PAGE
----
This section presents the project and commitments of Présence Africaine and how its founder, Alioune Diop, succeeded in uniting all the black diasporas.

Présence Africaine published all the great texts of Césaire; it participated in the dissemination, through an English translation, of the text on negritude by Jean-Paul Sartre “Black Orpheus” (1948), and also published the famed work by Sheik Anta Diop, Negro Nations and Cultures (1954).

Two large groups are distinguished in this section :

  • Creation of the journal: “Niam n’goura or raison d’être of Présence Africaine”
  • Publishing commitments: from the inventory of black cultures to anticolonialism

This section will present, among other things, exceptional hand-written documents by Sartre and Breton, as well as original photos of Alfred Metraux. Large movements and figures in history and in black culture will be evoked, such as the Black Panthers and Malcolm X.

photographie des participants du 1er congrès des écrivains et artistes noirs à la Sorbonne en septembre 1956 © DR
Photograph of the participants of the 1st congress of black writers and artists at the Sorbonne in September 1956 © DR

Section 3 1956-1959: black intellectuals debate. The congress of black artists and writers (Paris, Sorbonne, 1956 – Rome, 1959)

Two congresses of black artists were organized by Présence Africaine: the two events in 1956 and 1959 were essentially initiated and organized by Alioune Diop, who attempted to apply, in practice, the principles developed in the publishing commitments.

The objective of these congresses that took place at the time of colonization, the Cold War, apartheid, and racial segregation in the United States, was to create an inventory and a record of the culture in Africa, to consider the situation of blacks in the world. This section is thus the occasion to evoke the debates that animated the black literary and intellectual world during the 1950s.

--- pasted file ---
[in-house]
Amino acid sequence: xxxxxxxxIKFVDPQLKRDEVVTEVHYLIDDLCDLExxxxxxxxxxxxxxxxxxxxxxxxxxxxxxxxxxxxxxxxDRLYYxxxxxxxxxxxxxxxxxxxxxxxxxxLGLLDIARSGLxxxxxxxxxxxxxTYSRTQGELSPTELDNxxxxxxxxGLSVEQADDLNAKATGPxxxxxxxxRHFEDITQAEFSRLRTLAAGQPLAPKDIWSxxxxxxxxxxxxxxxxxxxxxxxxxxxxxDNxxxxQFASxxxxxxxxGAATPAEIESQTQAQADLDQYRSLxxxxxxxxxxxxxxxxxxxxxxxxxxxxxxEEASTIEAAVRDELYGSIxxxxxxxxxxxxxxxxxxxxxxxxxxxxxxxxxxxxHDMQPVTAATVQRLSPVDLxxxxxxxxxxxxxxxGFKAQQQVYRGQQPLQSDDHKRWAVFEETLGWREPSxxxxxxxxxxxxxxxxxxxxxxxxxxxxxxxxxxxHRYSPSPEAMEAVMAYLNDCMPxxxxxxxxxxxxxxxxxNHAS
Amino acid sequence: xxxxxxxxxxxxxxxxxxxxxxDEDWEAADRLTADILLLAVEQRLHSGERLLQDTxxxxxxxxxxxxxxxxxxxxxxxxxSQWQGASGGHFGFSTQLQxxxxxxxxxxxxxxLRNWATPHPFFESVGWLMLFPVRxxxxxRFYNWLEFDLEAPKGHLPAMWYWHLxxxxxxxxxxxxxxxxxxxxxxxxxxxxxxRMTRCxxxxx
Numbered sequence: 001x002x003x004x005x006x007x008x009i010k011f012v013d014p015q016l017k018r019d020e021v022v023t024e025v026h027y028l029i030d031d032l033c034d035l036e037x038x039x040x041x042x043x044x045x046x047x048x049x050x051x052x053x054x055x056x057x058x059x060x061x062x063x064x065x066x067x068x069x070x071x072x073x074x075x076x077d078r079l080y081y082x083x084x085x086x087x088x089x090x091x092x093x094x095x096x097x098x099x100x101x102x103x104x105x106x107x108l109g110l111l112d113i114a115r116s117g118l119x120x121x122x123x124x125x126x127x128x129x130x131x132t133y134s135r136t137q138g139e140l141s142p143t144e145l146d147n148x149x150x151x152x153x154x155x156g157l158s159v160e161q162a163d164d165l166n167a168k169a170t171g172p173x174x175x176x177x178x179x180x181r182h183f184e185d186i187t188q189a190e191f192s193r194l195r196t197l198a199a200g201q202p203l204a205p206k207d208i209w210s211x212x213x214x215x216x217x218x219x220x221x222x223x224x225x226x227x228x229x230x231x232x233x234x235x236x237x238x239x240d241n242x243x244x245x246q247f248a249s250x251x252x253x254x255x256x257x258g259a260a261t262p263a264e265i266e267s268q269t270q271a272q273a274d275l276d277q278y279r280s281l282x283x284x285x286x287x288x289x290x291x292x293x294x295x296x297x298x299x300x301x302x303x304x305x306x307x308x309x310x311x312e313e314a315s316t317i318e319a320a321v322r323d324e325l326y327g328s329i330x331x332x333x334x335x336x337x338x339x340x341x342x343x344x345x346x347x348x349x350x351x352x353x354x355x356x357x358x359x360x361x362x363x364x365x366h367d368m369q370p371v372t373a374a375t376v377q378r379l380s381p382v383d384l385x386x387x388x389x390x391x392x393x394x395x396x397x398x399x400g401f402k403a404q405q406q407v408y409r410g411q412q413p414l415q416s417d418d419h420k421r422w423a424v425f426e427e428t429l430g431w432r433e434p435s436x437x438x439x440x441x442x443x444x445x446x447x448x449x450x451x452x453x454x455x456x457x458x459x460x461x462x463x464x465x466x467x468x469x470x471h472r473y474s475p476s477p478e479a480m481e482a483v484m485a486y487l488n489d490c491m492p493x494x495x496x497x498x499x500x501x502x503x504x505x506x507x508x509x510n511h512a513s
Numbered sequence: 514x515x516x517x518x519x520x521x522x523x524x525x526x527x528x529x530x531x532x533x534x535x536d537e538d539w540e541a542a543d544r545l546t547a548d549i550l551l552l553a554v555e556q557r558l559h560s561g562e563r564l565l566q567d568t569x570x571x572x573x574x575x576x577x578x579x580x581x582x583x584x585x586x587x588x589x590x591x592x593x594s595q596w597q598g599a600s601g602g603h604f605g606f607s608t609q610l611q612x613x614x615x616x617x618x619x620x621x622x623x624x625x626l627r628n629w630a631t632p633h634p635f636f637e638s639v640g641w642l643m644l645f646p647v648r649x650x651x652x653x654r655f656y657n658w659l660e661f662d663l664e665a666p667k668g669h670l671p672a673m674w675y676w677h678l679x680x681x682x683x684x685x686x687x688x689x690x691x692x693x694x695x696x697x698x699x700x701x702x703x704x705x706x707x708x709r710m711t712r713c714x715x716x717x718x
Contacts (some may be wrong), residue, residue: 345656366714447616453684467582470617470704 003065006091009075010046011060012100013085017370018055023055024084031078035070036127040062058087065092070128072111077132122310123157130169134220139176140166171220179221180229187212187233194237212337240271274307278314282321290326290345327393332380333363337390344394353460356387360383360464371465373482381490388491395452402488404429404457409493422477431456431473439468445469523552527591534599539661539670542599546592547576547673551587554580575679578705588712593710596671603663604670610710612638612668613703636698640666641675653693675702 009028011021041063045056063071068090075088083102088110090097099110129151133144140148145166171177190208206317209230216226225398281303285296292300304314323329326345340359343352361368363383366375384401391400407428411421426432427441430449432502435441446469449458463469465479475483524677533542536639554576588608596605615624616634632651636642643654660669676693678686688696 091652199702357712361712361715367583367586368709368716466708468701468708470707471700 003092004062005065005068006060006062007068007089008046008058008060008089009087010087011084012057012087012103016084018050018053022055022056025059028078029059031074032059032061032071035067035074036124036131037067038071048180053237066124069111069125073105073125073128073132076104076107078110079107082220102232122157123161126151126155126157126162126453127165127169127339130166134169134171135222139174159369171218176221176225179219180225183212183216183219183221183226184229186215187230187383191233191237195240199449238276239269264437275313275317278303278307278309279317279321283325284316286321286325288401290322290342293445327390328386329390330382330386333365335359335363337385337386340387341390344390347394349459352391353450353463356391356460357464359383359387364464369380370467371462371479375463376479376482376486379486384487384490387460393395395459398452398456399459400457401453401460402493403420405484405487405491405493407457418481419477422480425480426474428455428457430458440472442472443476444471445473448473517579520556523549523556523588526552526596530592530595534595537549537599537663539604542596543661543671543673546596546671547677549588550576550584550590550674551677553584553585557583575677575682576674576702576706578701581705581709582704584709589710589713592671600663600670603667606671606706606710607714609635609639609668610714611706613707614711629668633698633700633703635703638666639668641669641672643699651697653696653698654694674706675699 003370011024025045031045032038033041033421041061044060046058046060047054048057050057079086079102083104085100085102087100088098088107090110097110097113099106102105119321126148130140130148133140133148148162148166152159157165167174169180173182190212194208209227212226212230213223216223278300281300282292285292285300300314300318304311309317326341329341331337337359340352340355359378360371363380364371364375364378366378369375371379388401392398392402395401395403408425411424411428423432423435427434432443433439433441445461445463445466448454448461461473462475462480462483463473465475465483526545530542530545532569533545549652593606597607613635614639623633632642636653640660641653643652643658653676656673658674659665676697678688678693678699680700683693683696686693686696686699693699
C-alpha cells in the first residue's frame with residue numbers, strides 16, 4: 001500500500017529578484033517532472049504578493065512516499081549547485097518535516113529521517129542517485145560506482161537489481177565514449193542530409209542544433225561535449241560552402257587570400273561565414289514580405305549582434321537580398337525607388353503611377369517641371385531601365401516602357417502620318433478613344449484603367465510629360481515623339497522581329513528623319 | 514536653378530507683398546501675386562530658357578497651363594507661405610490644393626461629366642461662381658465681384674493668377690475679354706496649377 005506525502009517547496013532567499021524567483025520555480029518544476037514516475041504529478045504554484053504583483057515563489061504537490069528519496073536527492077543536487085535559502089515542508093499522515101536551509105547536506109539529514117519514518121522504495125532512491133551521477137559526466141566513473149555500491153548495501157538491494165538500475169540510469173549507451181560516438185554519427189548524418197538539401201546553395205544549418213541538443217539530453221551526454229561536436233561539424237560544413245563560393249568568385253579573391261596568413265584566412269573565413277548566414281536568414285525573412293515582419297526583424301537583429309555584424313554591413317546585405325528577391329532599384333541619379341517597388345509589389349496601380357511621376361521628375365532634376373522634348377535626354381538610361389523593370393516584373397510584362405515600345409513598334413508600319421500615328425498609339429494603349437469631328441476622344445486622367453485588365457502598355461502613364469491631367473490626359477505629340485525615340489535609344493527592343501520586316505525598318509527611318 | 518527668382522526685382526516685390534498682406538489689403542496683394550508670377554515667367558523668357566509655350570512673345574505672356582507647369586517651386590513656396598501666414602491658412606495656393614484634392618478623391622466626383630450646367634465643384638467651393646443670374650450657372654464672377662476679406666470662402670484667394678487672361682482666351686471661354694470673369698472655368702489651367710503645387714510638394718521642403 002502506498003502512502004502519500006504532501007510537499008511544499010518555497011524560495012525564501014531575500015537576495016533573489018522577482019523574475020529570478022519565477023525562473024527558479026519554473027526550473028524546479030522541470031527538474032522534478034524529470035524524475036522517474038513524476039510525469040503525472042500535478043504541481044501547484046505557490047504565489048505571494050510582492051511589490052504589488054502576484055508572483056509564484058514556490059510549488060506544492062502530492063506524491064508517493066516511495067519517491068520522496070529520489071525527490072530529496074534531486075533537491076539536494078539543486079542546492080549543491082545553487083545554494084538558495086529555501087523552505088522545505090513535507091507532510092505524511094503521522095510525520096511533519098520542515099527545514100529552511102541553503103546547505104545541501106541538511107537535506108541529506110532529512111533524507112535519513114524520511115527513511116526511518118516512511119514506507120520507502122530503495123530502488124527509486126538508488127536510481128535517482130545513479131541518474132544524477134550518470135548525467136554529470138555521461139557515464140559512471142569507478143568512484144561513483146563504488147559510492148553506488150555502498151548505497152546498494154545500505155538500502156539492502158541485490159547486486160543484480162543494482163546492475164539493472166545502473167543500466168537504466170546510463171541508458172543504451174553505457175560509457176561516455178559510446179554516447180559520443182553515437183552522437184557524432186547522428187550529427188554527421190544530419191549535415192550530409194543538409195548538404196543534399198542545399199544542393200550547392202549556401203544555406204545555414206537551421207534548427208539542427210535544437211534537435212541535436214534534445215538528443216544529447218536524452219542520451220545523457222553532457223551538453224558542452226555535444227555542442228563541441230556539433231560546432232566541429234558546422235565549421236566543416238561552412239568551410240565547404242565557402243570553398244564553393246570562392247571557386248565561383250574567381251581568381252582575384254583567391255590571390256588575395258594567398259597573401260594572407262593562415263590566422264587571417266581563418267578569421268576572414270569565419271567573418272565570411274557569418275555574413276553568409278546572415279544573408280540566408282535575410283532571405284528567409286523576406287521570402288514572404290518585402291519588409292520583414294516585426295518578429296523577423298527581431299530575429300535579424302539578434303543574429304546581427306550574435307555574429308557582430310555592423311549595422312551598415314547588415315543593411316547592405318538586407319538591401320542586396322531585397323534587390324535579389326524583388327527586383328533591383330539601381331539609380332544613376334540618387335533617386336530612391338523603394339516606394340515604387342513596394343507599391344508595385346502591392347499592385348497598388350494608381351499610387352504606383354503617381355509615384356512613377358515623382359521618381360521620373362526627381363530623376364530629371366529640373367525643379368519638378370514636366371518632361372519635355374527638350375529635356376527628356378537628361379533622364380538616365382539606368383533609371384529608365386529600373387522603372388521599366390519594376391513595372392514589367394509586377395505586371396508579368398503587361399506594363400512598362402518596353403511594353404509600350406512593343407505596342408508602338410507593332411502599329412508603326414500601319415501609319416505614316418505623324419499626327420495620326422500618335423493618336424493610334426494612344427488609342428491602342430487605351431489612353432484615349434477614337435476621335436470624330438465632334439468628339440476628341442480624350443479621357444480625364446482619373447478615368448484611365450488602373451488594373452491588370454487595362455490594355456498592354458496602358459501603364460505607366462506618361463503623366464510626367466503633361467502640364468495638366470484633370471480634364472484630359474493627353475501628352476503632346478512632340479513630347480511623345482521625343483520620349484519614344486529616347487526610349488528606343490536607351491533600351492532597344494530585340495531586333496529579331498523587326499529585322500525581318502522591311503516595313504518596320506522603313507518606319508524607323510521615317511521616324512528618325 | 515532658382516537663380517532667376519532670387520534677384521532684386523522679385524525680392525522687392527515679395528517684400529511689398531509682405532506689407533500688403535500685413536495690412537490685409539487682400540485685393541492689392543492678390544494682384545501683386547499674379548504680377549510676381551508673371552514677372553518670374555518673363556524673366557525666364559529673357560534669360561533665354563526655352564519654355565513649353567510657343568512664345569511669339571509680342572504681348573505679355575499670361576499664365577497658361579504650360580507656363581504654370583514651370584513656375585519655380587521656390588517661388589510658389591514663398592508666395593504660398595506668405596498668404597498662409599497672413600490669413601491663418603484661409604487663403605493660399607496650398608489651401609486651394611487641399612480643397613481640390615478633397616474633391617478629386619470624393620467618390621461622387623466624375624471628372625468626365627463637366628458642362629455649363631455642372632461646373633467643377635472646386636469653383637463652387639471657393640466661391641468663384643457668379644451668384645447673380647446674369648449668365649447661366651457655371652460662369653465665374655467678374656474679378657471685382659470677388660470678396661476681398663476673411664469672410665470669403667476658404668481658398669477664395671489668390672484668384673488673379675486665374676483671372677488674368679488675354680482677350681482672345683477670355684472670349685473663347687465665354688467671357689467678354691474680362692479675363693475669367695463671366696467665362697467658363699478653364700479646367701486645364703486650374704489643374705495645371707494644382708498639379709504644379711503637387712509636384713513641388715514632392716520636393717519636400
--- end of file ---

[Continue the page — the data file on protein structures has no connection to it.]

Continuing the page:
Original examples of posters created by Picasso for the two congresses, photographs, and unpublished audio recordings illustrate this section.

boîte reliquaire anthropomorphe © musée du quai Branly photo Hughes Dubois
Anthropomorphic reliquary box © musée du quai Branly photo by Hughes Dubois

Section 4 Dakar 1966: the arts of Africa in Africa

In organizing the two congresses, Présence Africaine offered a forum to intellectuals and to writers of the black diaspora. By initiating and participating actively in the organization of the First World Festival of Negro Arts (Dakar, 1966), Présence Africaine continued its work to highlight the wealth and the diversity of artistic practices of Africans but also of the diaspora.

This festival is the first large cultural event organized in Africa by a young independent African state. This event was also a strong political stake for Léopold Lédar Senghor, president of the young republic of Senegal.

Three large groups are distinguished in this section :

  • Organization in Dakar of the First World Festival of Negro Arts (April, 1966)
  • The multiple events during the festival
  • Exhibition on  “negro art”: from Dakar (April, 1966) to Paris (Grand Palais, June, 1966)

In this section, in addition to the posters and programs of the period, are presented a part of the objects exhibited in Dakar during the 1966 exhibition. A video installation additionally provides a sense of the wealth of the living arts during the festival.

centre des archives nationales d'outre-mer

Certain rare documents, newspapers, and journals presented in the exhibition were lent by the center of National Archives abroad in Aix-en-Provence.